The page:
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Old 09-10-2007, 11:49 PM
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Default Mademoiselle Juliette - Transcription and Translation

---Updated 09/12/07---
I've adopted the French transcription by Needles + RMJ and Shakepspeare, which RMJ posted below. The only differences are that I corrected "Aimerai" to "Aimerait" (3rd person conditional of aimer), and seperated out certain words to make it cleared what was being heard (see footnote 1).

The English translation is my own unless otherwise noted.

<TABLE><TD VALIGN="top">French
Mademoiselle Juliette a
Son Roméo dans l’Alpha
De Vérone à Rome elle court
Jolie syndrome de l’amour
Shakespeare s’amuse de sa muse
L’héroïne trouve qu'il abuse
Elle monte vite dans les tours
Le grand écrivain aime lui jouer des tours

Mademoiselle Juliette a
Pas vraiment la tête à
Choisir entre Montaigu et Capulet
Mademoiselle Juliette aim- (1)
-erait faire la fête cham- (1)
-pagne à sabrer coca à décapsuler (1)

Mademoiselle prends des ailes
Ne pas se faire mettre en pièces (2)
Dans son rôle elle ne veut qu'elle
Pas de réplique de toute pièce
Cette "Commedia dell’arte" (3)
N’est pas assez déjantée
Qu'enfin William rende l'âme (4)
Il n’y a plus que ça pour éviter le drame

Mademoiselle Juliette a
Pas vraiment la tête à
Choisir entre Montaigu et Capulet
Mademoiselle Juliette aim-
-erait faire la fête cham-
-pagne à sabrer coca à décapsuler

Mademoiselle Juliette a
Pas vraiment la tête à
Pleurer sur Montaigu et Capulet
Mademoiselle Juliette aim-
-erait faire la fête cham-
-pagne à sabrer coca à décapsuler

Ahhhhhhhhhhh...
Ahhhhhhhhhhh...
Ahhhhhhhhhhh...
Ahhhhhhhhhhh...

Mademoiselle Juliette a
Pas vraiment la tête à
Choisir entre Montaigu et Capulet
Mademoiselle Juliette aim-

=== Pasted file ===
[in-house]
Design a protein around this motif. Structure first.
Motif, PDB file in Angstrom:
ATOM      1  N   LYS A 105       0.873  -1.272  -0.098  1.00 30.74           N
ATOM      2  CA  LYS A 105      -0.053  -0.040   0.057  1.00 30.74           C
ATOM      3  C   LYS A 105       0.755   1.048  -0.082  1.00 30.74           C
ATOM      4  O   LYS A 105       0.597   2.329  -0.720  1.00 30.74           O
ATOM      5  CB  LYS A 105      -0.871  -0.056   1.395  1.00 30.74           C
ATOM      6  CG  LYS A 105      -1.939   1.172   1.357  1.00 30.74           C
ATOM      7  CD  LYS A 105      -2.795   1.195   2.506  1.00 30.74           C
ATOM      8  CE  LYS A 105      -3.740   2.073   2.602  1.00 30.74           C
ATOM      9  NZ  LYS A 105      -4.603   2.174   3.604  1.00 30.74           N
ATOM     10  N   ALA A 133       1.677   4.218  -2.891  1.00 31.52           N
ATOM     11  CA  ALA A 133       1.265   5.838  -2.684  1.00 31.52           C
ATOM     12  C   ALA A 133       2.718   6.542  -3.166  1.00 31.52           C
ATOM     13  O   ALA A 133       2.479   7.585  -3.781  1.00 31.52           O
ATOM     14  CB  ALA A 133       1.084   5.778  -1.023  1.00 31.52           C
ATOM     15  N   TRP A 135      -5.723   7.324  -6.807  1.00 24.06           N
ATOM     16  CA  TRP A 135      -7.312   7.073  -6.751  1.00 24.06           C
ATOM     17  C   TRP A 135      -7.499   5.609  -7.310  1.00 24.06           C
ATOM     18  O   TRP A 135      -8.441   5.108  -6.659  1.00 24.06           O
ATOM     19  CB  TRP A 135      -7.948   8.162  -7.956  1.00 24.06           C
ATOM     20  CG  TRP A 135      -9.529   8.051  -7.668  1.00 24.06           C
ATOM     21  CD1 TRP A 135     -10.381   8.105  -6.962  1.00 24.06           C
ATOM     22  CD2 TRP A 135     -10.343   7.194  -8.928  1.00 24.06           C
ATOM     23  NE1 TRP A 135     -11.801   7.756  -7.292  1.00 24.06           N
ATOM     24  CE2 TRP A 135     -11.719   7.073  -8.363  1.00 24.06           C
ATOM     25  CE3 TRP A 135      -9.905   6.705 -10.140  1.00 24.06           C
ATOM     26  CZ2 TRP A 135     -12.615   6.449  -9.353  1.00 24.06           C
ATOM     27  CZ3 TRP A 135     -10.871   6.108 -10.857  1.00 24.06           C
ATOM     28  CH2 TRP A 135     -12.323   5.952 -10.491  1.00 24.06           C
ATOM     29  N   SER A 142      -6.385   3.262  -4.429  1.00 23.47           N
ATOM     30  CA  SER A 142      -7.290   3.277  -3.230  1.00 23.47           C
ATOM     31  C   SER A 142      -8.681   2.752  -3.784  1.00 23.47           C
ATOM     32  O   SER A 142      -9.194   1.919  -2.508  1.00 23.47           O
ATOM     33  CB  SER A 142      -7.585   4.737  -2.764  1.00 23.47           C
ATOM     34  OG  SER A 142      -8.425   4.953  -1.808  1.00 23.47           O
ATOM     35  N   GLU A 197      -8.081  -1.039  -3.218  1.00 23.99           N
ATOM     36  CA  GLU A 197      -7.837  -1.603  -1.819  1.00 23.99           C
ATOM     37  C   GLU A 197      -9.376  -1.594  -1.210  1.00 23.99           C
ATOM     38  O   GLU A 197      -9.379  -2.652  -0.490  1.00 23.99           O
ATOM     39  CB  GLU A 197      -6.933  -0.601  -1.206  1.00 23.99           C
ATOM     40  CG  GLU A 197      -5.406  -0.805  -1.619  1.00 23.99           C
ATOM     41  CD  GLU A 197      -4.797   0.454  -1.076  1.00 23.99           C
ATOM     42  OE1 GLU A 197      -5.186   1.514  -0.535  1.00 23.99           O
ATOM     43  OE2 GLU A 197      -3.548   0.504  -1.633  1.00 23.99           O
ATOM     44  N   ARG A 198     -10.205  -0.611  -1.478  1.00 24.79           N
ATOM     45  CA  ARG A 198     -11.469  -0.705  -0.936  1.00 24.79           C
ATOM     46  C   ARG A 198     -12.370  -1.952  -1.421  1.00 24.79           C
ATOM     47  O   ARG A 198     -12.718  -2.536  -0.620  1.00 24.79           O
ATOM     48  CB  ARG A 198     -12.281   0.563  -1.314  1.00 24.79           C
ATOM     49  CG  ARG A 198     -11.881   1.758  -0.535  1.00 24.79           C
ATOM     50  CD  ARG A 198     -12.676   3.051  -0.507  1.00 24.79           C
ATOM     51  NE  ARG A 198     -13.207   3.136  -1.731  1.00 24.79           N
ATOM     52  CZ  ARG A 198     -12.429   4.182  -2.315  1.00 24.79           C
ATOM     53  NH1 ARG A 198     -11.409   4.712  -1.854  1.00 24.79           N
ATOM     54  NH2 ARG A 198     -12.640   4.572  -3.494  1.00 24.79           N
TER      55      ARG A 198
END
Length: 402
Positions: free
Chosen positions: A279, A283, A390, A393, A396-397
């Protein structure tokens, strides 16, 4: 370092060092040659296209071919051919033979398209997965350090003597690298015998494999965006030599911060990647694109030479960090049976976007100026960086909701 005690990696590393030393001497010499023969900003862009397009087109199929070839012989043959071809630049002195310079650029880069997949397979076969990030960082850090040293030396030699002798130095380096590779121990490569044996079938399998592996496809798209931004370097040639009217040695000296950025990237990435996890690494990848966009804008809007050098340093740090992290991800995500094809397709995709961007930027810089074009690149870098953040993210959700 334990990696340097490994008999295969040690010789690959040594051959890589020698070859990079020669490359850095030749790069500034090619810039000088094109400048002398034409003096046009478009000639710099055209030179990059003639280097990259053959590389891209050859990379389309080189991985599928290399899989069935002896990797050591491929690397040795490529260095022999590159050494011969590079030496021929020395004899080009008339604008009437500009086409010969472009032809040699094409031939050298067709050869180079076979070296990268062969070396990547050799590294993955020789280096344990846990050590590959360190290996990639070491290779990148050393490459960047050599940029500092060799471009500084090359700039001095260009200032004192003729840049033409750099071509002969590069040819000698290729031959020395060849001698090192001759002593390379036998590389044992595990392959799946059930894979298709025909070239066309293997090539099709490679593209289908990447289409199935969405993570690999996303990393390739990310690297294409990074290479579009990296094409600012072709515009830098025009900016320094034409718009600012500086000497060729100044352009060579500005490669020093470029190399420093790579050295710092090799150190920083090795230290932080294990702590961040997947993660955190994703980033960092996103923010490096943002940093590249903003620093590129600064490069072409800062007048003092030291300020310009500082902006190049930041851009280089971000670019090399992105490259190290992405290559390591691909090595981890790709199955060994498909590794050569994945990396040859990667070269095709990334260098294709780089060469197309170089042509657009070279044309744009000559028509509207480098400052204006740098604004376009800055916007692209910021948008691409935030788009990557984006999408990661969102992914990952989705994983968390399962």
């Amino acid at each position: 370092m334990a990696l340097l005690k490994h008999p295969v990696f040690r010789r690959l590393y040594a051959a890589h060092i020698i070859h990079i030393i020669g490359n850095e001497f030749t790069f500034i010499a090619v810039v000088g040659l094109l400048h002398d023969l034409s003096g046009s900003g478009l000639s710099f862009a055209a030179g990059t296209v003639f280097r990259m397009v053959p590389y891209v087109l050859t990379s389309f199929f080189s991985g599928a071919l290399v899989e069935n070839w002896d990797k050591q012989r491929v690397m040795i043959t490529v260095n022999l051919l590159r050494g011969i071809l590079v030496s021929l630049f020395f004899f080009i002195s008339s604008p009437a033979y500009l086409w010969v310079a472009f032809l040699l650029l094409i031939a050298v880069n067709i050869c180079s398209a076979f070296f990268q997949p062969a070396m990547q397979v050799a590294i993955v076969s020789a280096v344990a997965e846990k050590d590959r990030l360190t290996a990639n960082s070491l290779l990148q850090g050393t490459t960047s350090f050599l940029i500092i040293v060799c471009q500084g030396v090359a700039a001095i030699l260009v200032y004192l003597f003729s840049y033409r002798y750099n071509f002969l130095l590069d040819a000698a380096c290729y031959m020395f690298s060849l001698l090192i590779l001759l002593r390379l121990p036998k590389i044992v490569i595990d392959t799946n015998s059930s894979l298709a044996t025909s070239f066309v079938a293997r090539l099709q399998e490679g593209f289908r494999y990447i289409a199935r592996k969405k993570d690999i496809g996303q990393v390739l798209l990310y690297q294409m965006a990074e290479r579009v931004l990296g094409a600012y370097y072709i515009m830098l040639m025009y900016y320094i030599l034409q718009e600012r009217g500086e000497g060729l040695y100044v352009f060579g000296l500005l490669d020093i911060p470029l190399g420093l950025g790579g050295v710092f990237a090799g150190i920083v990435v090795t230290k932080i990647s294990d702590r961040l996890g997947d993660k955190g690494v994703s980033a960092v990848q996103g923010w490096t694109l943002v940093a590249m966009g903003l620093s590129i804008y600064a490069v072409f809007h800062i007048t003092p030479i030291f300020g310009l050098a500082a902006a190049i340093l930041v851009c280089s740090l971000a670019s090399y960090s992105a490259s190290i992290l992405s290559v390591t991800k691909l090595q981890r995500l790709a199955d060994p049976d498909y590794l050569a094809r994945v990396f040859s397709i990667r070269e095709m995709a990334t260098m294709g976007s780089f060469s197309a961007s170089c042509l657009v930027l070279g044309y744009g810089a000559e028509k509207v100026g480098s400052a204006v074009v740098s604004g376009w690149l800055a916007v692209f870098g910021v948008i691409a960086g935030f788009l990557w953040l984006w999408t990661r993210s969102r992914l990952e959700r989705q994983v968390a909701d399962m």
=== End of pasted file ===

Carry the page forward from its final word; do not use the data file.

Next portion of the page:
-erait faire la fête cham-
-pagne à sabrer coca à décapsuler

Mademoiselle Juliette a
Plus vraiment la tête à
Pleurer sur Montaigu et Capulet
Mademoiselle Juliette aim-
-erait faire la fête cham-
-pagne à sabrer coca à décapsuler



</TD><TD VALIGN="top">English
Mademoiselle Juliet has (5)
Her Romeo in the Alpha
From Verona to Rome she runs
A pretty syndrome called love (6)
Shakespeare plays with his muse
The heroine thinks he abuses
She climbs quickly to the towers
The great writer likes playing tricks on her

Mademoiselle Juliet
Really doesn't have the head to
Choose between Montague and Capulet
Mademoiselle Juliet
Would like to celebrate
Champagne to saber, coca to open (7) (8)

Mademoiselle takes wings
Don't make her smash things apart (2)
In her role she only wants not to
Have lines in the play (9)
This commedia dell'arte (3)
Is not insane enough
When finally William passes away
There is nothing more that can be done to avoid tragedy

Mademoiselle Juliet
Really doesn't have the head to
Choose between Montague and Capulet
Mademoiselle Juliet
Would like to celebrate
Champagne to saber, coca to open

Mademoiselle Juliet
Really doesn't have the head for
Crying about Montague and Capulet
Mademoiselle Juliet
Would like to celebrate
Champagne to saber, coca to open

Aahhhh
Aahhhh
Aahhhh
Aahhhh

Mademoiselle Juliet
Really doesn't have the head to
Choose between Montague and Capulet
Mademoiselle Juliet
Would like to celebrate
Champagne to saber, coca to open

Mademoiselle Juliet
Really no longer has the head for(10)
Crying about Montague and Capulet
Mademoiselle Juliet
Would like to celebrate
Champagne to saber, coca to open</TD></TABLE>



Notes